But all the challenges and fears of this epoche now feel almost nostalgic – at least for those who have not been severely affected by the virus – and comfortable compared to what is happening in Europe today. The war in Ukraine has become a challenge and a personal downfall for a Norway-based Russian artist Sasha Azanova. In the last months before the exhibition, she had to rethink her work and devote it to the search for meaning – both in her profession and in her life that is now overshadowed by this disgusting and inhuman war. Her three-screen video “Landscape of numinous events” – is a chain of reflections over her personal story and how it is connected to the current historical developments. Paradoxically, she finds her personal balance in semi-isolation – she has moved to a northern island to observe local nature as a participant of a small research group.

Sasha Azanova. Landscape of Numimous Events 

“Re-Cycle” by Siavash Kheirkhah is another impressive video work at the exhibition. It may also be considered a journey, but within the limited space of an apartment and the unlimited space of reversed time. This video seems to be the work that is directly, physically connected to the pandemic experience, the experience of isolation and a closer, more careful study of your own space.

Peppi Reenkola. Care currency

Another theme arising from the pandemic situation is care, care in every sense. Care – or rather urgent need for care – is clearly visible in “Teppet”, a meditative animation work by Lars Morten Elstad Rehnlund from Norway. Finnish artist Peppi Reenkola in her video and installation explores the trending theme of cryptocurrency, but the core of the digital world turns into a dish with pebbles and wooden chips presented as a new kind of “Care Currency”. This currency is an equivalent of an act of care shown towards you, its evidence with symbolic capital.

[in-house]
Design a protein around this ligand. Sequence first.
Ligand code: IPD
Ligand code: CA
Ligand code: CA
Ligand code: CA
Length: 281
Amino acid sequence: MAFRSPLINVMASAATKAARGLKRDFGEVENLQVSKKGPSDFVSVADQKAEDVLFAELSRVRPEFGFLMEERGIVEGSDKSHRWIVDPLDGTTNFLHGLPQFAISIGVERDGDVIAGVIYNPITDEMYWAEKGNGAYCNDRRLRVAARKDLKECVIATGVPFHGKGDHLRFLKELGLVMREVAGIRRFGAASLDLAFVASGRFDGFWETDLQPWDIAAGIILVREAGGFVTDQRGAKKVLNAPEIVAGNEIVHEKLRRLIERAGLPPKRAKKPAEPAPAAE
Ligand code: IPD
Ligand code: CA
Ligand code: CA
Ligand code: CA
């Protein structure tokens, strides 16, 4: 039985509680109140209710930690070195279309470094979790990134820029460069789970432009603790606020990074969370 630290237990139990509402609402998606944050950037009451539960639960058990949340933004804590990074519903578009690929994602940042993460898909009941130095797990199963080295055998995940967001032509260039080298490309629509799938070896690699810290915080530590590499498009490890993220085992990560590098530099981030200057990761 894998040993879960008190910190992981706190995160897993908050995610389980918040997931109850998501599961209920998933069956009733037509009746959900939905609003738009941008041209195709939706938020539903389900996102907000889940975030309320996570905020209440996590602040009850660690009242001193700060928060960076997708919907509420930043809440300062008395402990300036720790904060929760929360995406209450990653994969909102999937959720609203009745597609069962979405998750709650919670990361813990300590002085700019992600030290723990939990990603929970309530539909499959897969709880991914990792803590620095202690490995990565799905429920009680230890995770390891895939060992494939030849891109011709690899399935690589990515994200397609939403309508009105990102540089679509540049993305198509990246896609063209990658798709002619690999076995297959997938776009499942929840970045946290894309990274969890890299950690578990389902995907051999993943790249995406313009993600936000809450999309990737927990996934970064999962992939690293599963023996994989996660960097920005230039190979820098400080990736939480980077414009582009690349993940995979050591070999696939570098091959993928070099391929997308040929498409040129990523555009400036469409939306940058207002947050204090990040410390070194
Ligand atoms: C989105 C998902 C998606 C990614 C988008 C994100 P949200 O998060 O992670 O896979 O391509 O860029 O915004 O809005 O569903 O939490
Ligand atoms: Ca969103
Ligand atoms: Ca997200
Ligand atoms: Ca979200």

I was curious to see the video by Renate Prokopčika, a Norway-based Latvian artist. And her work is just another journey “to yourself through outside of yourself”: it is a long train ride through Latvia and Russia, the camera capturing the movement and then close ups of the landscape almost frozen  details of Vecumnieki – Renata's native Latvian town, where her grandmother and grandfather used to live until recently. Her video evokes a feeling of levitation, of being suspended among a whole bunch or a constellation of identities (Latvian, Russian, Norwegian) that Renate was destined to inherit. This rather long video (30 minutes) offers a possibility of slow meditation, of approaching something elusive and at the same time quite comprehensible.

Trude Berg. som noe bærer og annet brister 

Certain works at the exhibition seemed to have little in common with the post-pandemic narrative. But even in these works one feels some kind of uncertainty in the surrounding world and an attempt to overcome this uncertainty or give it a closer look. Such is “It all started because we wanted a beginning" – a 80 slides loop that forms a poetic and philosophical work by Norwegian artist Julie Schie Olsen. Charlotte Besuijen from the Netherlands sees reality, objective and quite chaotic, as a colour abstraction, as some kind of abstract structural relationship in her elegant series of photographs.

There are no political messages or virtual reality at this exhibition – these new artists see the world as relationships, as gestures, as objects that can be touched or even arranged in a new way. It's like a blindfold journey around your room, as shown in “Remember” – a video by Latvian artist Katrina Neiburga, another eloquent piece of evidence of how we perceive the world in the early twenties. After all, all rooms are quite similar – whether they are in Bergen, Riga, Helsinki or Amsterdam.

Hanna Pherson. Where have all the fowers gone? Young girls have picked them everyone

The exhibition is curated by Randi Grov Berger who chose for it the metaphor of “Picnic”, referring to a certain common ritual, when every actor brings something of their own. This particular “Picnic” took place from April 8 to May 8, during this rather cold spring of 2022. But the trees blossomed on the square next to Bergen Kunsthall, and the new artists came into this world, because some picnics are bound to take place – even if the world around us is all but rain and wind.


Upper image: Malin Arnedotter Bengtson «Månen» (fragment). Photos: